08 Jan Is Your Cat Stressed Out?
Feline Stress and Anxiety
Before cats were taken into our homes, they lived very different lives. They roamed free and had lots of space available to them. What they ate, where they lived, and where they eliminated was all under their control. This allowed them to avoid interactions with other cats, dogs, and and people if they chose to. Escaping a threatening and stressful situation was also much easier when they controlled their environment.
Today our cats live in houses and apartments that may limit their ability to roam. They have little or no control over their resources. Access to the outdoors is restricted or not allowed. Living spaces are shared with other cats, dogs, and people. While changes have protected cats and improved their welfare, they also can cause stress and anxiety.
What are the behavior signs of stress and anxiety?
- When they are stressed, cats may mark their territory with urine (urine spraying)
- Stressed cats may also mark with their claws
- Cats that are stressed may also fight with other cats in their environment
- Lack of grooming or over-grooming (excessive licking of the body) may be a symptom of stress
- Persistent hiding or vomiting
What are some of the medical sign of stress and anxiety?
- Cystitis – Bladder inflammation that can cause urinary issues
- Alopecia – Partial to complete hair loss
- Anorexia – Consistently refusing to eat, which leads to drastic weight loss
- Obesity or poor body condition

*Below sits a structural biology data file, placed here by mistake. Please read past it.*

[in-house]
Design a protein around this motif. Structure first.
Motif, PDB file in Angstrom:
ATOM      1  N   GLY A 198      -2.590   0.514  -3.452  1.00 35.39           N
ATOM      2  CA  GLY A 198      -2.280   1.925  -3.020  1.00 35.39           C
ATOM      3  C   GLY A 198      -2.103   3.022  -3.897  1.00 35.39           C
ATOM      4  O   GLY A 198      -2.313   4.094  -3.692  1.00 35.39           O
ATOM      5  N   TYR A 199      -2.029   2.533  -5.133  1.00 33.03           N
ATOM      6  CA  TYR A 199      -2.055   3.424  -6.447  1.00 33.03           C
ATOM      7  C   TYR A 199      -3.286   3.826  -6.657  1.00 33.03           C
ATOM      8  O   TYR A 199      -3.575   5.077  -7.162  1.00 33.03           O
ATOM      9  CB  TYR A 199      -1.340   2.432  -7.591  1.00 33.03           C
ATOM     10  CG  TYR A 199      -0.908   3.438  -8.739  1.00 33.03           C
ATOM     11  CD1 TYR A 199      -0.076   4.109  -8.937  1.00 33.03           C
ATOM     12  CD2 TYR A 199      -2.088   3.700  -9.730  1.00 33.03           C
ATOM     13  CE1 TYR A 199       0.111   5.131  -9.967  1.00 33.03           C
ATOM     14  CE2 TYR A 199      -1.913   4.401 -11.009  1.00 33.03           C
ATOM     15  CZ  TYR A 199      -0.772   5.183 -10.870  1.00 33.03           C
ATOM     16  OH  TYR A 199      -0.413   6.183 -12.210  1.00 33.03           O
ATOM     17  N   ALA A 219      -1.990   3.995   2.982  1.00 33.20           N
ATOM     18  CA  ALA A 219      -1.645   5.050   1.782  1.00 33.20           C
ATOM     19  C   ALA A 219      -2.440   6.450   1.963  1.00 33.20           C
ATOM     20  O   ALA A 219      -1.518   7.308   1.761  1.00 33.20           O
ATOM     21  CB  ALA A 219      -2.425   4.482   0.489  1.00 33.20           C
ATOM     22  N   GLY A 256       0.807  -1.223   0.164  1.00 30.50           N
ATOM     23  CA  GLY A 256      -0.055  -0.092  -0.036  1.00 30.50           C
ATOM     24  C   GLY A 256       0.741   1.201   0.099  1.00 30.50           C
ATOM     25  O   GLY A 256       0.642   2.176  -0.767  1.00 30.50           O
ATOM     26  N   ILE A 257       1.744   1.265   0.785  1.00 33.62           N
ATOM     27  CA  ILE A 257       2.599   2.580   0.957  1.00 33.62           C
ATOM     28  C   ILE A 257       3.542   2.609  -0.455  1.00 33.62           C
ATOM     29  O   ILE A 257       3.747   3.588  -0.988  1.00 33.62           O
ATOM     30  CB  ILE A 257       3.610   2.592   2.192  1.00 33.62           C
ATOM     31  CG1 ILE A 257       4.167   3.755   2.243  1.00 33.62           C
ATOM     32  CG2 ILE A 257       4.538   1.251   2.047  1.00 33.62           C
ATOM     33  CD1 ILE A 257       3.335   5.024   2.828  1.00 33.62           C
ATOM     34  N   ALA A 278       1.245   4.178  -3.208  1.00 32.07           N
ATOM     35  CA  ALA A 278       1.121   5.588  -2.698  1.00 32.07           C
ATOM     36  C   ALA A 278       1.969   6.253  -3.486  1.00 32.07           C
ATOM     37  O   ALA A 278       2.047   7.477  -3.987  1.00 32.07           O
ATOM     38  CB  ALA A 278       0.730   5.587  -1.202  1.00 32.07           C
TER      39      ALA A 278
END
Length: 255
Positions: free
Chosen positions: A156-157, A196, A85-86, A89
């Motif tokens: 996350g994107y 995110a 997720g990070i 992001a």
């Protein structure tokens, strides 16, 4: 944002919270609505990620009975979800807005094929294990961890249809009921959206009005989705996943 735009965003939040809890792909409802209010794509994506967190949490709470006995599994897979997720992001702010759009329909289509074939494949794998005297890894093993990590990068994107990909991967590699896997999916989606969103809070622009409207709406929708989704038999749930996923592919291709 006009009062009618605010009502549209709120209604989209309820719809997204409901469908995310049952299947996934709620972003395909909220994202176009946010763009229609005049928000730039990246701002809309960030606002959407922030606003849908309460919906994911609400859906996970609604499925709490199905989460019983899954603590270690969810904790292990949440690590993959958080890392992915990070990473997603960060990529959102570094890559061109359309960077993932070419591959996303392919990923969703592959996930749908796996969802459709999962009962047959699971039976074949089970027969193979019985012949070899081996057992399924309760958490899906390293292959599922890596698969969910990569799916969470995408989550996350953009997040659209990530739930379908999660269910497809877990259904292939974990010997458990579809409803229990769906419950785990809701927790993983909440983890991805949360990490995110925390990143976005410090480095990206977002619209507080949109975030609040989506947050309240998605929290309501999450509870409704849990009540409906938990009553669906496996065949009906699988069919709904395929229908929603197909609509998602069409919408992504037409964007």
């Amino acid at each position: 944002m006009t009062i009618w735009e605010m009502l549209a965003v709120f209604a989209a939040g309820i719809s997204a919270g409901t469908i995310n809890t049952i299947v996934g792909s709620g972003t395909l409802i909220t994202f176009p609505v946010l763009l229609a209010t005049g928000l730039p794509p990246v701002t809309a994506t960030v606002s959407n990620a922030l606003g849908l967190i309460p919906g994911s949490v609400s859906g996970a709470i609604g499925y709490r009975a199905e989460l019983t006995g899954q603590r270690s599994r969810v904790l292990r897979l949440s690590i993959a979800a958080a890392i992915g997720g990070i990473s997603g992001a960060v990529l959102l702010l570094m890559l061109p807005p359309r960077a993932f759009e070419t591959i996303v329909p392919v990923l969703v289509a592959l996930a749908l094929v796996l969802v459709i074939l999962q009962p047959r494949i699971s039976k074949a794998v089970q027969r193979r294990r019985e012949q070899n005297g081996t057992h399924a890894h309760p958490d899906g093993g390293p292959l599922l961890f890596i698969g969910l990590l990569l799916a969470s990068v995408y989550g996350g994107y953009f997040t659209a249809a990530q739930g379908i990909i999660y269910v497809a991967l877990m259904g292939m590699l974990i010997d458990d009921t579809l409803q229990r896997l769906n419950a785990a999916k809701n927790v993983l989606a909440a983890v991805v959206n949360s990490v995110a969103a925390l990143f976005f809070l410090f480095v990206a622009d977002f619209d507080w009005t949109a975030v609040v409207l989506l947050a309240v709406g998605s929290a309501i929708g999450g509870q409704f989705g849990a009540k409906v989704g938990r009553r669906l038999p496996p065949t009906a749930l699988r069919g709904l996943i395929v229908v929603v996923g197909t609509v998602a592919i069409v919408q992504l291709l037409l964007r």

What can be done to help diminish stress and anxiety?
- Add diffusers (Feliway) to diminish tension and the need to mark with urine and claws
- Create an environment that utilizes the space in a feline friendly way
- Have one food bowl for each cat in different locations
- Create places for cats to arrange themselves vertically with climbing towers and shelves
- Have litter boxes throughout the environment and at least one for each cat
- Create an environment that stimulates the cat mentally
- Offer a variety of toys that are rotated every few days
- Create “treasure hunts” or foraging that allows the cat to utilize their inner predator
- Create safe zones so cate that do not get along can avoid each other if they wish
- Make sure to spend time interacting with your cat through pay, petting, and just being nearby
If these steps do not help your pet with their stress and anxiety, please contact our office at 417.358.1300 or visit us at centralpetcare.com. You can take the cat out of the wild, but you can’t take all the wild out of the cat. Central Pet Care offers a wide range of veterinary services.